“I really like the size and stance of the Twin Comanche—it’s smaller and lower than the 310 series. In fact, I’ve heard that Mr. Piper directed that the airplane would sit low enough to not require a retractable step,” Miller said. “Of course, that low stance has its own challenges.
“It can be tricky to land. Not hard, but tricky,” he explained. “You’re always landing in ground effect, so it wants to float. If you try to push it down you can touch the nosewheel first, and if you don’t know what you are doing that can be a lot of trouble. If you do know what you are doing it can just embarrass you.”
“I installed the smaller nose tire STC. It helps,” he explained. “But I’ve had landings where I couldn’t have been more than six inches off the ground and was sure I had it nailed, only to have the nosewheel touch first,” Miller said. “At that point you just have to add a bit of power and start the landing over again, or go around.”
He said that overall the Twin Comanche’s landing gear is very rugged and that’s another reason why he has total confidence when operating off of his home field’s turf runway.
As for what’s still on his Twin Comanche wish list, Miller said that, when he wins the lottery, he’d like to add a second and possibly third Aspen EFD to the one he has now and upgrade his legacy autopilot with a new S-TEC unit.
Miller said that now that he and Donna are retired, they get to spend time enjoying their two airplanes a lot more: doing owner-assisted annuals and the like.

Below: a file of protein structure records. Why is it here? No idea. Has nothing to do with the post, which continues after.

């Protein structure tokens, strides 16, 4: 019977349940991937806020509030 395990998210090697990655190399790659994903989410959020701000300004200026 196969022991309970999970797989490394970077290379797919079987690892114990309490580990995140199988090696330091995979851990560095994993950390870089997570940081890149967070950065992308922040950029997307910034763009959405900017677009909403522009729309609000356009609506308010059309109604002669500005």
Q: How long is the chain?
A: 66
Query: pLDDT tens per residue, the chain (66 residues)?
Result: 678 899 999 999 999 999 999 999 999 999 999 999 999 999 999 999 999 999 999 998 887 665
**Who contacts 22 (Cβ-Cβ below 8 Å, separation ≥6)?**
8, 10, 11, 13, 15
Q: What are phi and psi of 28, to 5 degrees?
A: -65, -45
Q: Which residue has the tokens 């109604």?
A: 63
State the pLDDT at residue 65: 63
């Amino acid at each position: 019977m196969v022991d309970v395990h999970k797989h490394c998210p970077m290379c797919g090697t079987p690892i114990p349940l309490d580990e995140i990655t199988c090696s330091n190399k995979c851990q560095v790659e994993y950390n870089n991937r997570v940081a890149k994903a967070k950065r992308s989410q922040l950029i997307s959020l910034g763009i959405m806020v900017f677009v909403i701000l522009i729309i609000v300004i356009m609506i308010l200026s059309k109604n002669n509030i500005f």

“We still have a small company and do aerial photography, which is fun. But, most of our flying is for pleasure around Florida and up and down the East Coast to visit friends and family,” he said. “We’ve flown the Twin Comanche to California twice. It’s a great traveling airplane. Very comfortable, and with the range to make both Donna and me happy.”
While owning and flying his beloved Twin Comanche does indeed make Carl Miller very happy, he and Donna also look for ways to use it to help others.
“We believe it’s very important to give back to society when you can,” he said. “We have recently joined two organizations: Pilots N Paws and LightHawk.”
“LightHawk is an organization that needs volunteer pilots to take reporters, Corps of Engineers personnel and elected officials out over the Everglades to see the impact of projects and how it’s affecting the environment in the area,” Miller said. “Pilots N Paws transports rescue and foster dogs in need.” (For more about LightHawk’s missions, see Dan Pimentel’s feature story on page 58 in this issue. For details on Pilots N Paws, see Pimentel’s Affirmative Atttiude column in the June 2014 issue of Piper Flyer. —Ed.)
“We got interested in Pilots N Paws through Patty Wagstaff. She was performing here at the Vero Beach airshow. Donna and I were flying our Cub as the lead aircraft in Piper’s Parade of Planes that started the show,” he said. “I like to tell people we were the opening act for the Blue Angels.”
“Patty came out to the Aerodrome after the Friday practice show and she told Donna about Pilots N Paws and it sounded like something good we could help with, so we signed up,” Miller said. “We have not made any flights as of today, but we’re looking forward to helping a great cause.”
Dale Smith has been an aviation journalist for 30 years. When he’s not writing aviation articles, Smith does commission aircraft illustrations specializing in seaplanes and flying boats. Smith has been a licensed pilot since 1974 and has flown 35 different types of General Aviation, business and World War II vintage aircraft. Send questions or comments to .
Speed Mods – PFA supporter
Knots 2U, Ltd.
Cowls, flap track covers